Thursday, October 15, 2009

Miss California Pageant Eliminates Swimsuit Competition

They're taking the beauty out of beauty pageants.

Apparently the organizers of the Miss California Pageant want to turn the event into the style of a "runway show during fashion week."

I really have mixed feelings about this development. Yes, beauty pageants objectify women, they reek of phoniness, and they are hopelessly politically incorrect and dated. As far as I'm concerned, they should scrap them altogether.

And turning them into promotional vehicles for the fashion industry could be even worse than parading around women in swimsuits. At least the women are being judged by their actual bodies when they are mostly bare, instead of being judged by how well some designer's cloth looks on them.

No doubt that this is a knee-jerk reaction to the Carrie Prejean fiasco, which made the pageant industry look even more backwards in its neanderthal values. Surely there must be some other way for society to reward women for their achievements, rather than pitting themselves against each other in a false display of silicone-enhanced bodies and Cliff's notes prepared responses to judges' questions.

For all her bigoted views, at least Carrie Prejean had the courage to break with tradition and speak her mind. Her "opposite marriage" remark will likely go down as the most memorable line ever uttered at one of these events.

Pageant officials hate controversy. They prefer that their "winners" fit nicely into a mold which can be marketed to family values organizations. Mainstream America just loves a plastic Barbie doll.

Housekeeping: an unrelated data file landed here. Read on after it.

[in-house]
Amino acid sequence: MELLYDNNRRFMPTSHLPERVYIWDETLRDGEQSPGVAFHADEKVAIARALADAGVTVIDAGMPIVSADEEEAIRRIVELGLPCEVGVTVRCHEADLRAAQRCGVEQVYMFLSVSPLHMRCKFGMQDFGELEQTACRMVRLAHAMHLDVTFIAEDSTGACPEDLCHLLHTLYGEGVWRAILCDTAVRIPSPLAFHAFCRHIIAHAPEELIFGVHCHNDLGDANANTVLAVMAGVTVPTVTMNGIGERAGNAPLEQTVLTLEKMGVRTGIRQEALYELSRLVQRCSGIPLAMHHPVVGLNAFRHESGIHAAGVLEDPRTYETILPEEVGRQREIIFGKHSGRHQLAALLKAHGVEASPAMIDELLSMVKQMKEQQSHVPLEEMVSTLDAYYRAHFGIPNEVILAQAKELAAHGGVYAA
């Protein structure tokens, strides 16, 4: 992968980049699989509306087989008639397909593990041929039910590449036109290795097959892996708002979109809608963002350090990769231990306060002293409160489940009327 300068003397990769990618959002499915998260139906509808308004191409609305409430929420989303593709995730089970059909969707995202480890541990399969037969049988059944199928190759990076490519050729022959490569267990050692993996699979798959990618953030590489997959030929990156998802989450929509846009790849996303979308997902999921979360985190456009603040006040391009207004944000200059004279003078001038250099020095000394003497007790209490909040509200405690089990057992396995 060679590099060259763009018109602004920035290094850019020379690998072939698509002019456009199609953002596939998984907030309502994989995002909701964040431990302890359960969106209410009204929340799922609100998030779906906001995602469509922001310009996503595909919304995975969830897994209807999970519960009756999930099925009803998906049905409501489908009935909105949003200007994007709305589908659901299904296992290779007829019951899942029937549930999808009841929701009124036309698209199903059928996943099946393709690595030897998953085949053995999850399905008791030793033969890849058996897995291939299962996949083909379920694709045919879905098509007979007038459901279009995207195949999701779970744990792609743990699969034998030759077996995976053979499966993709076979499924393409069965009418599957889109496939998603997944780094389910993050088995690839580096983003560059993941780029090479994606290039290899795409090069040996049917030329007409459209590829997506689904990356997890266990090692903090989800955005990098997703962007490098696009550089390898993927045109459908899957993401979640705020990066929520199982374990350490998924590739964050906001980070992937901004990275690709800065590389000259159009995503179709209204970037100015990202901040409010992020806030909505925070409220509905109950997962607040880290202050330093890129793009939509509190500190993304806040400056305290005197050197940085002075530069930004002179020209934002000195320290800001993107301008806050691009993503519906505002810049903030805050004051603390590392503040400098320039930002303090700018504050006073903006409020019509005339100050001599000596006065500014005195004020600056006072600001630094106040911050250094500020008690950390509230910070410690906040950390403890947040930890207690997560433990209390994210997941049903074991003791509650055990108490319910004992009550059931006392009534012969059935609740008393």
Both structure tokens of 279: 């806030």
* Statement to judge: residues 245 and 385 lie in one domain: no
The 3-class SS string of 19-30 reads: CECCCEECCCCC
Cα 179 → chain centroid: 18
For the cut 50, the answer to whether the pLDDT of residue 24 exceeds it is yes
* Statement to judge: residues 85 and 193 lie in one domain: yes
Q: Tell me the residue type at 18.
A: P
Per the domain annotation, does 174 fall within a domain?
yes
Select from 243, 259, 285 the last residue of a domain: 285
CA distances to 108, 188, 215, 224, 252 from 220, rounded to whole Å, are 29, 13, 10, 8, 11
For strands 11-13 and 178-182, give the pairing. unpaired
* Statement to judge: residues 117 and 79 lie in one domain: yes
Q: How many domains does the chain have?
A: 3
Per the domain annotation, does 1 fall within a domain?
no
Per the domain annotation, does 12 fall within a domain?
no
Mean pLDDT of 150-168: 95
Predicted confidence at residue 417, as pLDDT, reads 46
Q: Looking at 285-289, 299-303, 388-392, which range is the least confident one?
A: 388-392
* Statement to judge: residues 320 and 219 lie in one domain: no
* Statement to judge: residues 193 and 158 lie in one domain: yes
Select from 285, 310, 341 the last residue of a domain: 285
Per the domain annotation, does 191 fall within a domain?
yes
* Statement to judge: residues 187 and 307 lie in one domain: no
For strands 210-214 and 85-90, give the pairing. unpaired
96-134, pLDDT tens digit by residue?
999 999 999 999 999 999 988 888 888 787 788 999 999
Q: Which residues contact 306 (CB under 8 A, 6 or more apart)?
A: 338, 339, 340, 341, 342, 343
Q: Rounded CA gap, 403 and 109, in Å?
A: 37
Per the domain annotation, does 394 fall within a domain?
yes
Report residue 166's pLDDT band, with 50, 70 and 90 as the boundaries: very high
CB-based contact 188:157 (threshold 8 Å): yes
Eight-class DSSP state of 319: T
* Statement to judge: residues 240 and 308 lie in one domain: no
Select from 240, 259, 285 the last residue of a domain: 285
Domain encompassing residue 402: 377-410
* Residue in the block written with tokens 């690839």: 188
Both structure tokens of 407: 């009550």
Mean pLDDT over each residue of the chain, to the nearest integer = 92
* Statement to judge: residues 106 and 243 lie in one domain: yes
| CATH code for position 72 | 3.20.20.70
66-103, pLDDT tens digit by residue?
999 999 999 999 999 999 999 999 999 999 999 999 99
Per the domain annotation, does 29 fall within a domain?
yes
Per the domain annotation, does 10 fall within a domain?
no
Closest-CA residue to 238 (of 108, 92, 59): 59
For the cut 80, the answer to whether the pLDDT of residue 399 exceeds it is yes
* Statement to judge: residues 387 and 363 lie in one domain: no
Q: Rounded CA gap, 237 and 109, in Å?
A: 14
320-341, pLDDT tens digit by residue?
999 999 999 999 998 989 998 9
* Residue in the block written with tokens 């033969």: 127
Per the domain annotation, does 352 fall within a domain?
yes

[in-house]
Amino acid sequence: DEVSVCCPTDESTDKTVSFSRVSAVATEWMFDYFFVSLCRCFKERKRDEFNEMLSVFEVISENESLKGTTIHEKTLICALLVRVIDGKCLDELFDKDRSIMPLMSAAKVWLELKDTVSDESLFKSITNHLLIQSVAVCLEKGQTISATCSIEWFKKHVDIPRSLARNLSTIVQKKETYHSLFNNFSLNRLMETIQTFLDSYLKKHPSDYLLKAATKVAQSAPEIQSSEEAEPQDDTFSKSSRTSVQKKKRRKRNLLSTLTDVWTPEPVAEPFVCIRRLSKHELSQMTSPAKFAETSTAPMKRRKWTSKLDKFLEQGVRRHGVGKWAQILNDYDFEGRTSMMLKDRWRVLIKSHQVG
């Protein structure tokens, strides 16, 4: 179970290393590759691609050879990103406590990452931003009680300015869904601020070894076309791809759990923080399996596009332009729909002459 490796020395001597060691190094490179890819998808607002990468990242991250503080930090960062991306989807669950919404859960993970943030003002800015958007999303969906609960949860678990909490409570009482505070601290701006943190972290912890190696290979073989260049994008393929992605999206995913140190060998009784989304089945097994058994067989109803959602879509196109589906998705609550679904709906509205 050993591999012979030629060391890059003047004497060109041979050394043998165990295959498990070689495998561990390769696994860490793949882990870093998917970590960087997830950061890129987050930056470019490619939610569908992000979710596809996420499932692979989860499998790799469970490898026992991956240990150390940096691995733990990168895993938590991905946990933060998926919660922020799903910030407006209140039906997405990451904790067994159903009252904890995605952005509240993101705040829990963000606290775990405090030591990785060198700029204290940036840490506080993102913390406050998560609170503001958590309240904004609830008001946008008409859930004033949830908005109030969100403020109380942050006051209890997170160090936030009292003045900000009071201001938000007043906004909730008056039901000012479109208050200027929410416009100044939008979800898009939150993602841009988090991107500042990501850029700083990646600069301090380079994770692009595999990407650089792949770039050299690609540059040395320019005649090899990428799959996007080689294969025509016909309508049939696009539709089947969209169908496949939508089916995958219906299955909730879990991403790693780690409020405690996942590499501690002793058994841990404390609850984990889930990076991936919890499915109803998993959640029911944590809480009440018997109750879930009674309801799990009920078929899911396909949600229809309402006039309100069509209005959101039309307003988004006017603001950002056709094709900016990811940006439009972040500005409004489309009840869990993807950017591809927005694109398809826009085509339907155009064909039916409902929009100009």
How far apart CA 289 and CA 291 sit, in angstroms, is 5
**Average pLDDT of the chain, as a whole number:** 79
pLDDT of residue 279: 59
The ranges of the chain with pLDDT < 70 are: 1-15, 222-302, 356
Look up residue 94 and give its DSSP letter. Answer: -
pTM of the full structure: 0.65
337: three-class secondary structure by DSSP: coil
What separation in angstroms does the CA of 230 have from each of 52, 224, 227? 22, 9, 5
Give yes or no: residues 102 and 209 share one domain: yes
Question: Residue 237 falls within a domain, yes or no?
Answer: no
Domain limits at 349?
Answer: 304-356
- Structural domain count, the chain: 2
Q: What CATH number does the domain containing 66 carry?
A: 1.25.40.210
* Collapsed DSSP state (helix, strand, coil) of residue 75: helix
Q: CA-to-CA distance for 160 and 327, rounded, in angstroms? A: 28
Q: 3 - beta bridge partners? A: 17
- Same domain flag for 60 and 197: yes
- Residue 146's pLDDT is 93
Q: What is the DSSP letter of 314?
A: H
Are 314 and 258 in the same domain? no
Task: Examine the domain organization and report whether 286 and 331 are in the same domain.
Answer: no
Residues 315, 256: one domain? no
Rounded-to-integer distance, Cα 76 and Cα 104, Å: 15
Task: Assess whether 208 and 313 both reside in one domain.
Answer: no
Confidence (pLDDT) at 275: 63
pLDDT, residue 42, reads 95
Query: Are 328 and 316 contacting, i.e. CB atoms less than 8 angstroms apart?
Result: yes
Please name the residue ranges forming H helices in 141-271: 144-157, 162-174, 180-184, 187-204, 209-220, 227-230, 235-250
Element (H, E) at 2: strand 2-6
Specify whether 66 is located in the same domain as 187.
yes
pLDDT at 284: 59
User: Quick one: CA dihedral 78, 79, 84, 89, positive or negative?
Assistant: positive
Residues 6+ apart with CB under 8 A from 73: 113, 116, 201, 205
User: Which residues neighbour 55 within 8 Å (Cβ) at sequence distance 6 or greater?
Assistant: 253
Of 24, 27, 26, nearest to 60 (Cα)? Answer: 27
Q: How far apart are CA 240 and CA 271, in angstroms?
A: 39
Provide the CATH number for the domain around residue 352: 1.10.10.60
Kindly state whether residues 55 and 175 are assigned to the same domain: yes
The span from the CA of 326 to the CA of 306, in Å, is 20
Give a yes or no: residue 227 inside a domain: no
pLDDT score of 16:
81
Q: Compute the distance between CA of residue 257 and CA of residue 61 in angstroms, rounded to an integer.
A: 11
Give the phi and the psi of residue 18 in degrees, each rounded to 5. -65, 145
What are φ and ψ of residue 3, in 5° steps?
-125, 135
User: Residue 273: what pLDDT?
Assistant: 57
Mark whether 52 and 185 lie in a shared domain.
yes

So while the demise of the pageant industry isn't going to keep me awake at nights, I am a bit concerned over other ramifications of the removal of swimsuits by the California organizers. To me it's just another sign that we tend to perceive any displays of human flesh as something sexual. There's no doubt that putting women in bikinis on a stage isn't sexy, or appealing, but it's not sexual. If it is perceived as such, then are public pools and beaches next to be attacked for displaying too much skin?

As outdated as they now are perceived to be, at least nudist beauty pageants were honest. They were all about having the best bodies. No phoniness, no pretense, no politics, no talent competitions - just flesh. With the dawn of the feminist movement, these nudist pageants disappeared quickly, while mainstream public pageants have been dying a slow, painful death over the past three decades. The rise of child beauty pageants has been an odd development in this societal shift, raising the objectification of little girls, while at the same time attempting to reduce the objectification of grown women.